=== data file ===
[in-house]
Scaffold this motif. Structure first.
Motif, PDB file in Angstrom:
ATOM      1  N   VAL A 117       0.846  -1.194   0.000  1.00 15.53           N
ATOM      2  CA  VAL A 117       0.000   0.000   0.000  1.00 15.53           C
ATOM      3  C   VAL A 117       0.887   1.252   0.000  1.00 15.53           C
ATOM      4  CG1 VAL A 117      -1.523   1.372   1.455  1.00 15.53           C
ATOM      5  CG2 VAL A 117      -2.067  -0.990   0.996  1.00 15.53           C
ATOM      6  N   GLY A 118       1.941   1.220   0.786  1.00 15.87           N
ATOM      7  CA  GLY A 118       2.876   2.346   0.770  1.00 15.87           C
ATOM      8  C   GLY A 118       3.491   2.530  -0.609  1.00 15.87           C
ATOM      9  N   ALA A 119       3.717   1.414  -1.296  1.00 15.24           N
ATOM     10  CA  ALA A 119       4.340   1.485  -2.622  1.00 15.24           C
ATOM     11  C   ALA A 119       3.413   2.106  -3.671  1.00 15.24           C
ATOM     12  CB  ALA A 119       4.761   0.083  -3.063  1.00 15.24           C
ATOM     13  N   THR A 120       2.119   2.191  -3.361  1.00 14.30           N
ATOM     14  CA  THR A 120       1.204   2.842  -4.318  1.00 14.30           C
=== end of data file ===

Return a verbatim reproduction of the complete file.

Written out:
[in-house]
Scaffold this motif. Structure first.
Motif, PDB file in Angstrom:
ATOM      1  N   VAL A 117       0.846  -1.194   0.000  1.00 15.53           N
ATOM      2  CA  VAL A 117       0.000   0.000   0.000  1.00 15.53           C
ATOM      3  C   VAL A 117       0.887   1.252   0.000  1.00 15.53           C
ATOM      4  CG1 VAL A 117      -1.523   1.372   1.455  1.00 15.53           C
ATOM      5  CG2 VAL A 117      -2.067  -0.990   0.996  1.00 15.53           C
ATOM      6  N   GLY A 118       1.941   1.220   0.786  1.00 15.87           N
ATOM      7  CA  GLY A 118       2.876   2.346   0.770  1.00 15.87           C
ATOM      8  C   GLY A 118       3.491   2.530  -0.609  1.00 15.87           C
ATOM      9  N   ALA A 119       3.717   1.414  -1.296  1.00 15.24           N
ATOM     10  CA  ALA A 119       4.340   1.485  -2.622  1.00 15.24           C
ATOM     11  C   ALA A 119       3.413   2.106  -3.671  1.00 15.24           C
ATOM     12  CB  ALA A 119       4.761   0.083  -3.063  1.00 15.24           C
ATOM     13  N   THR A 120       2.119   2.191  -3.361  1.00 14.30           N
ATOM     14  CA  THR A 120       1.204   2.842  -4.318  1.00 14.30           C